Many celebrities show off their slim postpartum bodies just months after giving birth and this can make you wonder if there’s anything wrong with you. While it is normal to be frustrated with your postpartum body (especially compared to what you see in magazines), it’s also important to put it in the right perspective. It is truly unrealistic to compare yourself to celebrities who have personal trainers and personal chefs.
Not being pregnant anymore can leave new moms feeling antsy to get back to “normal,” but you must remind yourself that it’s a process. The transition from being pregnant to parent may happen overnight but it takes weeks or months for the body to recover from pregnancy and childbirth.
Typically, about 13 pounds comes off immediately after childbirth, and another 5 to 15 pounds over the first six weeks but it can take six months to a year to lose the rest.
When can I safely exercise again?
If you had a healthy pregnancy and a normal vaginal delivery, the answer may be sooner than you thought. According to the American College of Obstetricians and Gynecologists, you can start exercising within a few days of delivery if you feel ready. However, that doesn’t mean picking up where you left off in your favorite boot camp class. Walking is a great start for many women. It could be a 10-minute stroll around the block, with or without your baby. You can then build up as you feel able, aiming for 20 to 30 minutes a day.
By six weeks postpartum, getting 150 minutes of exercise a week is a good goal, just like for all adults.
However, if you had complications or delivered by C-section, you may need to take it more slowly. A doctor, midwife or physical therapist can give personalized advice.
What are the best exercises to do?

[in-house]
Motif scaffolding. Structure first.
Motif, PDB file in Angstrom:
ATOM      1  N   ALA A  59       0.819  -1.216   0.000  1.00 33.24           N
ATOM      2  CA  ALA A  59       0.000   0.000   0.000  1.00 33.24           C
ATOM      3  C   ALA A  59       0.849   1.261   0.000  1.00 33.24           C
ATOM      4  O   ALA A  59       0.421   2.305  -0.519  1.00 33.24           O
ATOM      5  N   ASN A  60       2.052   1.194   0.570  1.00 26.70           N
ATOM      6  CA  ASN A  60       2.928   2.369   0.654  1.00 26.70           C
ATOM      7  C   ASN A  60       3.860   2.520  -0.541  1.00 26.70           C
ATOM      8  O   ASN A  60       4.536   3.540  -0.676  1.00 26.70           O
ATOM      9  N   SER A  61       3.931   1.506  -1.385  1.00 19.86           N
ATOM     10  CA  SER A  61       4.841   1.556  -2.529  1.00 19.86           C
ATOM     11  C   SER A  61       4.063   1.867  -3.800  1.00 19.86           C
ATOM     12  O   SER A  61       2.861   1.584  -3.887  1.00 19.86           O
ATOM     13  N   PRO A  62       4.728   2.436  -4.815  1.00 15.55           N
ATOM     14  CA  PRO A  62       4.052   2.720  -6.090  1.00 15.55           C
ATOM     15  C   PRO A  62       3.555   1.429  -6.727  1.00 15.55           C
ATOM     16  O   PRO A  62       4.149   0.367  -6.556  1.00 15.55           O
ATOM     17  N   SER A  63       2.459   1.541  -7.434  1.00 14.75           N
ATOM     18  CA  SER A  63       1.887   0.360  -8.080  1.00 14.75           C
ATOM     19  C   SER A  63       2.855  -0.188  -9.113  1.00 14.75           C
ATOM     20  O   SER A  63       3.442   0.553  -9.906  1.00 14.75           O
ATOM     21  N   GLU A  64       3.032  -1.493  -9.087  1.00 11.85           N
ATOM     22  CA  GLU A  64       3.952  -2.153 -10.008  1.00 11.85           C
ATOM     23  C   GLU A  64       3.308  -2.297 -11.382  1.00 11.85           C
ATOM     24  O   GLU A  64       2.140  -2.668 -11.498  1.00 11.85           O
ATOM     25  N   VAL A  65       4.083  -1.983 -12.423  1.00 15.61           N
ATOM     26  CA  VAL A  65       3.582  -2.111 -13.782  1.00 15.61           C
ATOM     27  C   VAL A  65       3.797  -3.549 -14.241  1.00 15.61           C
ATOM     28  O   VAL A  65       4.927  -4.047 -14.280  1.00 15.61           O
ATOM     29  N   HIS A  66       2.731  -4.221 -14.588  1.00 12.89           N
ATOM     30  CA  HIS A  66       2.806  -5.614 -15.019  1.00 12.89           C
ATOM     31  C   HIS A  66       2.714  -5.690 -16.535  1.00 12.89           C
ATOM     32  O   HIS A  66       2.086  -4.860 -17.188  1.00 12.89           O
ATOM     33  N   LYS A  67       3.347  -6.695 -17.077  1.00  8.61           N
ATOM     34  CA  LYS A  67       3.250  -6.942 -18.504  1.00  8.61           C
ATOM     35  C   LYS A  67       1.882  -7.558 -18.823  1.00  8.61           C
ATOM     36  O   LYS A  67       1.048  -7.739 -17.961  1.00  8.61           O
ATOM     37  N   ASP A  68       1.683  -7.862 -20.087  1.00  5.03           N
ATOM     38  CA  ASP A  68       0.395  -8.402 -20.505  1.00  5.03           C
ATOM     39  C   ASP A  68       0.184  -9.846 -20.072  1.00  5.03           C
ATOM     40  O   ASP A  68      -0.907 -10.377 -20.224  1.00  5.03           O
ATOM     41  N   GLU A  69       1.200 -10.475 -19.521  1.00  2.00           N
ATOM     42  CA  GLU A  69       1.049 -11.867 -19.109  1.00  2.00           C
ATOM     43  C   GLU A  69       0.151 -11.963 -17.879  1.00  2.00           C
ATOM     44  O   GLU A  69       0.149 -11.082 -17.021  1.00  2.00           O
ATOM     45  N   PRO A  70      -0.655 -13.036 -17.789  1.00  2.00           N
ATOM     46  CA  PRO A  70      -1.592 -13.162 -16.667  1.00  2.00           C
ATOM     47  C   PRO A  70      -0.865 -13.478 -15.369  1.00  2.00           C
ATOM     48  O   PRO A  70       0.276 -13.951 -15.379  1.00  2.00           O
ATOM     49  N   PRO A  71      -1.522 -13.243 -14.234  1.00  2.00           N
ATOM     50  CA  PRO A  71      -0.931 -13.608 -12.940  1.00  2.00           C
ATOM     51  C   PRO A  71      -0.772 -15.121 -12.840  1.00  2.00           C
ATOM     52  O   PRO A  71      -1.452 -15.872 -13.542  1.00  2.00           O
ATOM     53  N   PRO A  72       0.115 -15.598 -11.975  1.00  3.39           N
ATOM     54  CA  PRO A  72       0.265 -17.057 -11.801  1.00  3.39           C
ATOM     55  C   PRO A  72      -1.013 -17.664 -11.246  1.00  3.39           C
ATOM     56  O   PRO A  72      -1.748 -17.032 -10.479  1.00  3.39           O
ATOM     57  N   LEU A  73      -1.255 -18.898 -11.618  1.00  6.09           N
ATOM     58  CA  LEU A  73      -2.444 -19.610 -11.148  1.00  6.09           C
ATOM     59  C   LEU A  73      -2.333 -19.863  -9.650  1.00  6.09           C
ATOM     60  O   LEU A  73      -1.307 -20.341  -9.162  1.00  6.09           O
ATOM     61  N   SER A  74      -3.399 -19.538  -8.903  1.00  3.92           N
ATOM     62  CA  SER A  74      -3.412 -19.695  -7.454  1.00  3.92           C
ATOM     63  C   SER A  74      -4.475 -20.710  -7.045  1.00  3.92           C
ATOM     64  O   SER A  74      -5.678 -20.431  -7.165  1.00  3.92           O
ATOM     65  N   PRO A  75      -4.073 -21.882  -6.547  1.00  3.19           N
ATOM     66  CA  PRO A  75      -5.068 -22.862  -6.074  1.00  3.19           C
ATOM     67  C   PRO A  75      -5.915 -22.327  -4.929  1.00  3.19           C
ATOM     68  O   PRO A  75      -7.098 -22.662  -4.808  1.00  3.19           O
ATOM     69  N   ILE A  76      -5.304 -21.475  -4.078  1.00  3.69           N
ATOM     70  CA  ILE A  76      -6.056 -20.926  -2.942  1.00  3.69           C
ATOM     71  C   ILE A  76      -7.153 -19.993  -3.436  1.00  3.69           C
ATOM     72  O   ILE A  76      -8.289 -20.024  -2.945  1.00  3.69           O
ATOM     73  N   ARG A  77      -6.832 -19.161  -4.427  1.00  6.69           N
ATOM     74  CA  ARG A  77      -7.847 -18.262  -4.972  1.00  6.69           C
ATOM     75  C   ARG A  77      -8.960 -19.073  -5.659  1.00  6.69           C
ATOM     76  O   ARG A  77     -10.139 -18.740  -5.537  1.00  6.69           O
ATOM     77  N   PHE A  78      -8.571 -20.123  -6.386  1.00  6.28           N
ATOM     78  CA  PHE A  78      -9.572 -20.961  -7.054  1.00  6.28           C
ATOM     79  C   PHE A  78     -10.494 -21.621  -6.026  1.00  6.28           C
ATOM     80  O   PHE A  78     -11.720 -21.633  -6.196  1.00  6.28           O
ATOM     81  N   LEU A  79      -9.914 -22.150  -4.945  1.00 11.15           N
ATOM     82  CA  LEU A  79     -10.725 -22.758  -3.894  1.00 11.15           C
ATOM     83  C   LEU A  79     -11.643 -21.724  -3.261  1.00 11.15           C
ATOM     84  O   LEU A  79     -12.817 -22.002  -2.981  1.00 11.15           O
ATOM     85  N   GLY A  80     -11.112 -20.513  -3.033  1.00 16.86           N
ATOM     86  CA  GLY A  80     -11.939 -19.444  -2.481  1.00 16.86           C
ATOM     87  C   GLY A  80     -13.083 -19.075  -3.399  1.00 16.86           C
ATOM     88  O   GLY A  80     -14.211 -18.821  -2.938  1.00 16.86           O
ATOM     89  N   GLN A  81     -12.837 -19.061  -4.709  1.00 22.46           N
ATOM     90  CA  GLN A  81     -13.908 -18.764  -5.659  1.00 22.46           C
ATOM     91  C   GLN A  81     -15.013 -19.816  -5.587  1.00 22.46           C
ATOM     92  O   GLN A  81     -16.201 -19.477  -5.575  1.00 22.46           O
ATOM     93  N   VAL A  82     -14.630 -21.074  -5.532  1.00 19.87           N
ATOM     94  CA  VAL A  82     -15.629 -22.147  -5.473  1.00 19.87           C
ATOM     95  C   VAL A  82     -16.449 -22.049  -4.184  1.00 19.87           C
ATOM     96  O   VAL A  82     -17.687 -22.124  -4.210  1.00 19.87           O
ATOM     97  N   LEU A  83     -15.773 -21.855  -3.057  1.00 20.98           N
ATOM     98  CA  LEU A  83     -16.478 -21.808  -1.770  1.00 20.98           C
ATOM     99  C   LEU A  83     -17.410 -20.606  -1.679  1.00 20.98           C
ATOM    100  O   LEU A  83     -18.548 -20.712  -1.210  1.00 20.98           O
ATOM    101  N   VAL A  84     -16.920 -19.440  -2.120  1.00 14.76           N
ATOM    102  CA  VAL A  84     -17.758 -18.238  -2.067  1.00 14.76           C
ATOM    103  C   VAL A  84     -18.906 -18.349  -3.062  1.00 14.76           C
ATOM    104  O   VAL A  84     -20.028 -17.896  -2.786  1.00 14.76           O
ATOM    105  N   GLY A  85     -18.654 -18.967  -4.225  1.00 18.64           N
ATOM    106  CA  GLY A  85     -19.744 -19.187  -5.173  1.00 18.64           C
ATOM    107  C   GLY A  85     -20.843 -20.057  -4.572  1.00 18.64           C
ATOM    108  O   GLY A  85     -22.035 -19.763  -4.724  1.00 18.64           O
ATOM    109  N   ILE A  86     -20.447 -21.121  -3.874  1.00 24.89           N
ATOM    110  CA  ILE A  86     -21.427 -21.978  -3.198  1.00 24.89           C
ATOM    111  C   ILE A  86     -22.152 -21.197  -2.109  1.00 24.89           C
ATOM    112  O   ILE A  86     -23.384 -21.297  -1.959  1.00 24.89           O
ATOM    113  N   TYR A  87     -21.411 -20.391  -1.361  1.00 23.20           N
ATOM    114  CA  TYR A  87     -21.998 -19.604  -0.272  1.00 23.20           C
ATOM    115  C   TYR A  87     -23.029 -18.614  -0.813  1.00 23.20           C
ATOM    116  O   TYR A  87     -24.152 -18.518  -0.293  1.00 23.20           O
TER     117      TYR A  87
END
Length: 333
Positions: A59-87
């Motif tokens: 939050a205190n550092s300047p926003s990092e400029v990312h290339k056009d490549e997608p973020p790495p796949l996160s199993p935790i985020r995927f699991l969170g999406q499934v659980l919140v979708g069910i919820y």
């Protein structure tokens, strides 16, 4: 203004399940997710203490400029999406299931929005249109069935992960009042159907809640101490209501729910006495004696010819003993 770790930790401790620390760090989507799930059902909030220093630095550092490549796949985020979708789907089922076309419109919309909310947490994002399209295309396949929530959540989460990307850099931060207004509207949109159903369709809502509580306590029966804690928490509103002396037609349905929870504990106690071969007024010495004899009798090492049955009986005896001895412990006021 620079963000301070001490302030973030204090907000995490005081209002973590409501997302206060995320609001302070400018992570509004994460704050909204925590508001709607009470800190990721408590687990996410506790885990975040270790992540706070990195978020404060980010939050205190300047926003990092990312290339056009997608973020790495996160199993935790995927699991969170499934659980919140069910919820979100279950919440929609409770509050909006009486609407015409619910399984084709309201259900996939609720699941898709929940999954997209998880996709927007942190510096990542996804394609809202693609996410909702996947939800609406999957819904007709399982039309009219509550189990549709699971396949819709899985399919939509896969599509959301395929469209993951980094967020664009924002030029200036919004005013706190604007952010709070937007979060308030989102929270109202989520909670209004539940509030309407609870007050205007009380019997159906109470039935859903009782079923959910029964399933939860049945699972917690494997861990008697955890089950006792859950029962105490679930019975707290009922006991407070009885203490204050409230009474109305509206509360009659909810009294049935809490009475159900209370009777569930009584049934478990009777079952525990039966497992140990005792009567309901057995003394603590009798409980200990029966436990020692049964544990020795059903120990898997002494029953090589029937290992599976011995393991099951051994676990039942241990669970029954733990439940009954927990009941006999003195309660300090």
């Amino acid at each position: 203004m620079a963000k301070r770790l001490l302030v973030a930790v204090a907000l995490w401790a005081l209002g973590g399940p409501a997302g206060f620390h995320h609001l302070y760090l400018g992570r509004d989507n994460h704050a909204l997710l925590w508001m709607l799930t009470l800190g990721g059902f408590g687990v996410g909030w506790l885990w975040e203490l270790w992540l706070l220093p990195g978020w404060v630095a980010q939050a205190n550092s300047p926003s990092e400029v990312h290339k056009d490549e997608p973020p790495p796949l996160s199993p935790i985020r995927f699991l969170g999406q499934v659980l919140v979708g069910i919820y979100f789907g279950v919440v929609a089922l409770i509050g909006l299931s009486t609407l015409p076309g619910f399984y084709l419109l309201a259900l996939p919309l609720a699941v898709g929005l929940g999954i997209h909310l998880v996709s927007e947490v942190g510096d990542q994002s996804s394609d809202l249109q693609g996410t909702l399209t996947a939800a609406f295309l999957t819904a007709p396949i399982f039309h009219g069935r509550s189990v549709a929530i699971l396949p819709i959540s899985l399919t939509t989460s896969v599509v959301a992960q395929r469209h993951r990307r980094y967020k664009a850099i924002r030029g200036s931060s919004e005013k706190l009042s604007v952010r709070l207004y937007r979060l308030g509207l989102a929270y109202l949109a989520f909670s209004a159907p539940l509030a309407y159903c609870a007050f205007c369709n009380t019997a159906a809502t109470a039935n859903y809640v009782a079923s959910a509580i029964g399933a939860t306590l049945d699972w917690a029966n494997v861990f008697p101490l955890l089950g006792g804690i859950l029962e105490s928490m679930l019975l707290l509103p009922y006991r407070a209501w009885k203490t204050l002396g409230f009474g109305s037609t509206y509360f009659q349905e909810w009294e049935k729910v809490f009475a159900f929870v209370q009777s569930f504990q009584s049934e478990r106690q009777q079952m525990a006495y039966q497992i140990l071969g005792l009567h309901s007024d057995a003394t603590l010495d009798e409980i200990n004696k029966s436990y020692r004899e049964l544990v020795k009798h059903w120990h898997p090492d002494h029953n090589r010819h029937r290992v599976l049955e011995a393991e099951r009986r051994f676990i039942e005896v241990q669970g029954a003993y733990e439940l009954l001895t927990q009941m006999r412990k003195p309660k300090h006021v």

You can start walking as soon as you can, after giving birth (as long as your doctor gives you clearance). This will get your body moving and burning calories. You can buy a fitness tracker and measure your daily activity then gradually start to increase your steps every week by 10 percent as you get stronger.
- Perform kegels and pelvic tilts:
As soon as one to two days after delivery, you can start kegel exercises depending on what kind of delivery you had and as long as your doctor approves. You can start with Kegel exercises — contracting and relaxing the muscles of the pelvic floor as soon as you feel able. Simply squeeze as if you’re trying to stop the flow of urine, thinking about drawing your pelvic floor up. Hold this for three to five seconds. Then relax.
- Diaphragmatic breathing:
Diaphragmatic or deep breathing is an exercise you can begin within the first few days of giving birth. Taking a few minutes each day to focus on your breath can help you relax and reduce stress. It can also improve core stability and slow your rate of breathing. You can perform this breathing exercise seated or lying down.
- Lie flat on the floor on a yoga mat.
- Relax your body, focusing on leasing the tension from your toes to the top of your head.
- Put a hand on your chest and another on your stomach.
- Take a deep breath in through the nose. This will expand your stomach, but your chest should remain relatively still. Breathe in for 2 to 3 seconds.
- Exhale slowly while keeping one hand on the chest and one on the stomach.
- Repeat several times for 2 to 3 minutes.
- Swiss ball bird dog holds: This exercise helps with stability, posture, and reduces low back pain, which is pretty common after giving birth. You’ll need a stability or exercise ball to perform this move.
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